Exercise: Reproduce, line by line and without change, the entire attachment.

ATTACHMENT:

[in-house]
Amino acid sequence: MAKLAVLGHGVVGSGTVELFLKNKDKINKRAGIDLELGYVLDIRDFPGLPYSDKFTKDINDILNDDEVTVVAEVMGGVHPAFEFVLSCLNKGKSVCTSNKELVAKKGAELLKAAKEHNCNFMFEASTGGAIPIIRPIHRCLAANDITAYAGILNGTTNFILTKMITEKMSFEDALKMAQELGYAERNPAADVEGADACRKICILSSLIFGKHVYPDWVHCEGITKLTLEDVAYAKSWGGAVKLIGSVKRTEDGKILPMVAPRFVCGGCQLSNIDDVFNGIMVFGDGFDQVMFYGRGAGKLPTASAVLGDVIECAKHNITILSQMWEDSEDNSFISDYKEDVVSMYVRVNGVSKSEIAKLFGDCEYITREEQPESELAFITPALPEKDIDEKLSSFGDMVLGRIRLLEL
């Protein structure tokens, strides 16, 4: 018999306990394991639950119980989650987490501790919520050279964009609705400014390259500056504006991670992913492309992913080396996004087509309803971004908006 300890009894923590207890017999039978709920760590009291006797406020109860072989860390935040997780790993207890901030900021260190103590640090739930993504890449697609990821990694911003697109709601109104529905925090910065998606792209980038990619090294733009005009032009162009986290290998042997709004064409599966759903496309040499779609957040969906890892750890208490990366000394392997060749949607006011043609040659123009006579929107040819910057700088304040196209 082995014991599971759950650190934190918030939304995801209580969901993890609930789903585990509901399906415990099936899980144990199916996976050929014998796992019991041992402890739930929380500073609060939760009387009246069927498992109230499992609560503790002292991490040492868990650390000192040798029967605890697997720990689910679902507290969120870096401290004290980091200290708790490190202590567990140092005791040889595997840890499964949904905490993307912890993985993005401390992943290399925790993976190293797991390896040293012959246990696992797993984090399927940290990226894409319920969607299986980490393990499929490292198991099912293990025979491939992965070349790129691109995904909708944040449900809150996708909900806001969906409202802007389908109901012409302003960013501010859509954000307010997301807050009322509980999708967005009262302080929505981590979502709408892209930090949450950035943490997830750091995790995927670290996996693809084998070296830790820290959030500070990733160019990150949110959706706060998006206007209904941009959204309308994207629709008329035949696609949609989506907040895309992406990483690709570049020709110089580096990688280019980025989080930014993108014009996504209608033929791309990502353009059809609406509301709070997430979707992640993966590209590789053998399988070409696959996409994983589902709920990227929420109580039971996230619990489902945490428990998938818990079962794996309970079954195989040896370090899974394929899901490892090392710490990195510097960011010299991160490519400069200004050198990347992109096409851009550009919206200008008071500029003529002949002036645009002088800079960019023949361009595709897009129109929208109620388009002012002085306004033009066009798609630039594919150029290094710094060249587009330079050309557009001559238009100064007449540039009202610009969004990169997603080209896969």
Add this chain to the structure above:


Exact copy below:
[in-house]
Amino acid sequence: MAKLAVLGHGVVGSGTVELFLKNKDKINKRAGIDLELGYVLDIRDFPGLPYSDKFTKDINDILNDDEVTVVAEVMGGVHPAFEFVLSCLNKGKSVCTSNKELVAKKGAELLKAAKEHNCNFMFEASTGGAIPIIRPIHRCLAANDITAYAGILNGTTNFILTKMITEKMSFEDALKMAQELGYAERNPAADVEGADACRKICILSSLIFGKHVYPDWVHCEGITKLTLEDVAYAKSWGGAVKLIGSVKRTEDGKILPMVAPRFVCGGCQLSNIDDVFNGIMVFGDGFDQVMFYGRGAGKLPTASAVLGDVIECAKHNITILSQMWEDSEDNSFISDYKEDVVSMYVRVNGVSKSEIAKLFGDCEYITREEQPESELAFITPALPEKDIDEKLSSFGDMVLGRIRLLEL
């Protein structure tokens, strides 16, 4: 018999306990394991639950119980989650987490501790919520050279964009609705400014390259500056504006991670992913492309992913080396996004087509309803971004908006 300890009894923590207890017999039978709920760590009291006797406020109860072989860390935040997780790993207890901030900021260190103590640090739930993504890449697609990821990694911003697109709601109104529905925090910065998606792209980038990619090294733009005009032009162009986290290998042997709004064409599966759903496309040499779609957040969906890892750890208490990366000394392997060749949607006011043609040659123009006579929107040819910057700088304040196209 082995014991599971759950650190934190918030939304995801209580969901993890609930789903585990509901399906415990099936899980144990199916996976050929014998796992019991041992402890739930929380500073609060939760009387009246069927498992109230499992609560503790002292991490040492868990650390000192040798029967605890697997720990689910679902507290969120870096401290004290980091200290708790490190202590567990140092005791040889595997840890499964949904905490993307912890993985993005401390992943290399925790993976190293797991390896040293012959246990696992797993984090399927940290990226894409319920969607299986980490393990499929490292198991099912293990025979491939992965070349790129691109995904909708944040449900809150996708909900806001969906409202802007389908109901012409302003960013501010859509954000307010997301807050009322509980999708967005009262302080929505981590979502709408892209930090949450950035943490997830750091995790995927670290996996693809084998070296830790820290959030500070990733160019990150949110959706706060998006206007209904941009959204309308994207629709008329035949696609949609989506907040895309992406990483690709570049020709110089580096990688280019980025989080930014993108014009996504209608033929791309990502353009059809609406509301709070997430979707992640993966590209590789053998399988070409696959996409994983589902709920990227929420109580039971996230619990489902945490428990998938818990079962794996309970079954195989040896370090899974394929899901490892090392710490990195510097960011010299991160490519400069200004050198990347992109096409851009550009919206200008008071500029003529002949002036645009002088800079960019023949361009595709897009129109929208109620388009002012002085306004033009066009798609630039594919150029290094710094060249587009330079050309557009001559238009100064007449540039009202610009969004990169997603080209896969």
Add this chain to the structure above: